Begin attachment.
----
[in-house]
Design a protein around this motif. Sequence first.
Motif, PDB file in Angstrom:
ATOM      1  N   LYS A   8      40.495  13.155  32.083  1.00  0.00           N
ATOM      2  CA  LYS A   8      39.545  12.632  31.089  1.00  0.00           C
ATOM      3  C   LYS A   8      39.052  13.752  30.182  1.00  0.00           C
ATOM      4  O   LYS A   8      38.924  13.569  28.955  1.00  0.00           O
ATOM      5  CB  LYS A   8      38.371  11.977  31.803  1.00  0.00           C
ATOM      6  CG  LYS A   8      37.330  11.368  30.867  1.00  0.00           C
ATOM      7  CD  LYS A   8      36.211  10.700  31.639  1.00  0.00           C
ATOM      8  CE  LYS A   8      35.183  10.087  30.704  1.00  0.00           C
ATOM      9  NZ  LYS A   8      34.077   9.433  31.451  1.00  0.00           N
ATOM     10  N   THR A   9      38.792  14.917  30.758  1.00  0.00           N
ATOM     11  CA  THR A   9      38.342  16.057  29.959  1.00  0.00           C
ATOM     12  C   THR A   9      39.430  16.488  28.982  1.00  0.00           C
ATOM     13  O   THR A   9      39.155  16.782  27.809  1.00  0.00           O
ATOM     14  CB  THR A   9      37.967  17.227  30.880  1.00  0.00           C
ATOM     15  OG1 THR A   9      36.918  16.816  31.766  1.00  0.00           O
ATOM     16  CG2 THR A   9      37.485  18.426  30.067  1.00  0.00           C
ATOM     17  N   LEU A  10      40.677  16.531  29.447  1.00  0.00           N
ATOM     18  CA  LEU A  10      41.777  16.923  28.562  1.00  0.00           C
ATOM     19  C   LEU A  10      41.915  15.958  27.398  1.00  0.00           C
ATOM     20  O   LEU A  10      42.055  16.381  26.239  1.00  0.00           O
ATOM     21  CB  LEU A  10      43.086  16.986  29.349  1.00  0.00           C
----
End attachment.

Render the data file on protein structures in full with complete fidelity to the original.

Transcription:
[in-house]
Design a protein around this motif. Sequence first.
Motif, PDB file in Angstrom:
ATOM      1  N   LYS A   8      40.495  13.155  32.083  1.00  0.00           N
ATOM      2  CA  LYS A   8      39.545  12.632  31.089  1.00  0.00           C
ATOM      3  C   LYS A   8      39.052  13.752  30.182  1.00  0.00           C
ATOM      4  O   LYS A   8      38.924  13.569  28.955  1.00  0.00           O
ATOM      5  CB  LYS A   8      38.371  11.977  31.803  1.00  0.00           C
ATOM      6  CG  LYS A   8      37.330  11.368  30.867  1.00  0.00           C
ATOM      7  CD  LYS A   8      36.211  10.700  31.639  1.00  0.00           C
ATOM      8  CE  LYS A   8      35.183  10.087  30.704  1.00  0.00           C
ATOM      9  NZ  LYS A   8      34.077   9.433  31.451  1.00  0.00           N
ATOM     10  N   THR A   9      38.792  14.917  30.758  1.00  0.00           N
ATOM     11  CA  THR A   9      38.342  16.057  29.959  1.00  0.00           C
ATOM     12  C   THR A   9      39.430  16.488  28.982  1.00  0.00           C
ATOM     13  O   THR A   9      39.155  16.782  27.809  1.00  0.00           O
ATOM     14  CB  THR A   9      37.967  17.227  30.880  1.00  0.00           C
ATOM     15  OG1 THR A   9      36.918  16.816  31.766  1.00  0.00           O
ATOM     16  CG2 THR A   9      37.485  18.426  30.067  1.00  0.00           C
ATOM     17  N   LEU A  10      40.677  16.531  29.447  1.00  0.00           N
ATOM     18  CA  LEU A  10      41.777  16.923  28.562  1.00  0.00           C
ATOM     19  C   LEU A  10      41.915  15.958  27.398  1.00  0.00           C
ATOM     20  O   LEU A  10      42.055  16.381  26.239  1.00  0.00           O
ATOM     21  CB  LEU A  10      43.086  16.986  29.349  1.00  0.00           C